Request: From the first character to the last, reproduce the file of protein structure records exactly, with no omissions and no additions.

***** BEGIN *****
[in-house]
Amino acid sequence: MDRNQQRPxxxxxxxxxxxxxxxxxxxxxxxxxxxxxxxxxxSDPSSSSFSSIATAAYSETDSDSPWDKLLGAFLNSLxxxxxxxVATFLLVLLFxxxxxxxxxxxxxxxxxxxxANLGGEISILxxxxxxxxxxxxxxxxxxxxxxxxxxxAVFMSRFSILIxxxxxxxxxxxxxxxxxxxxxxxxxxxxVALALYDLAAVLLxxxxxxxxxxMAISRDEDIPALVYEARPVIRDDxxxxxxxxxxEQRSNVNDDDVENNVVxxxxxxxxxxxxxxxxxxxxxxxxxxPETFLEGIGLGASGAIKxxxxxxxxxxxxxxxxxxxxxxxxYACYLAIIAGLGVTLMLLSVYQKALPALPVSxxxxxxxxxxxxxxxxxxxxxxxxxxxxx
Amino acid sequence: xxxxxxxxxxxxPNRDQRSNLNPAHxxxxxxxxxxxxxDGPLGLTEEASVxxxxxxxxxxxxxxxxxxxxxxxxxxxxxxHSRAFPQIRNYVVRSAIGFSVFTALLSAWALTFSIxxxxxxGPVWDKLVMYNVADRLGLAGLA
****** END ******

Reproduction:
[in-house]
Amino acid sequence: MDRNQQRPxxxxxxxxxxxxxxxxxxxxxxxxxxxxxxxxxxSDPSSSSFSSIATAAYSETDSDSPWDKLLGAFLNSLxxxxxxxVATFLLVLLFxxxxxxxxxxxxxxxxxxxxANLGGEISILxxxxxxxxxxxxxxxxxxxxxxxxxxxAVFMSRFSILIxxxxxxxxxxxxxxxxxxxxxxxxxxxxVALALYDLAAVLLxxxxxxxxxxMAISRDEDIPALVYEARPVIRDDxxxxxxxxxxEQRSNVNDDDVENNVVxxxxxxxxxxxxxxxxxxxxxxxxxxPETFLEGIGLGASGAIKxxxxxxxxxxxxxxxxxxxxxxxxYACYLAIIAGLGVTLMLLSVYQKALPALPVSxxxxxxxxxxxxxxxxxxxxxxxxxxxxx
Amino acid sequence: xxxxxxxxxxxxPNRDQRSNLNPAHxxxxxxxxxxxxxDGPLGLTEEASVxxxxxxxxxxxxxxxxxxxxxxxxxxxxxxHSRAFPQIRNYVVRSAIGFSVFTALLSAWALTFSIxxxxxxGPVWDKLVMYNVADRLGLAGLA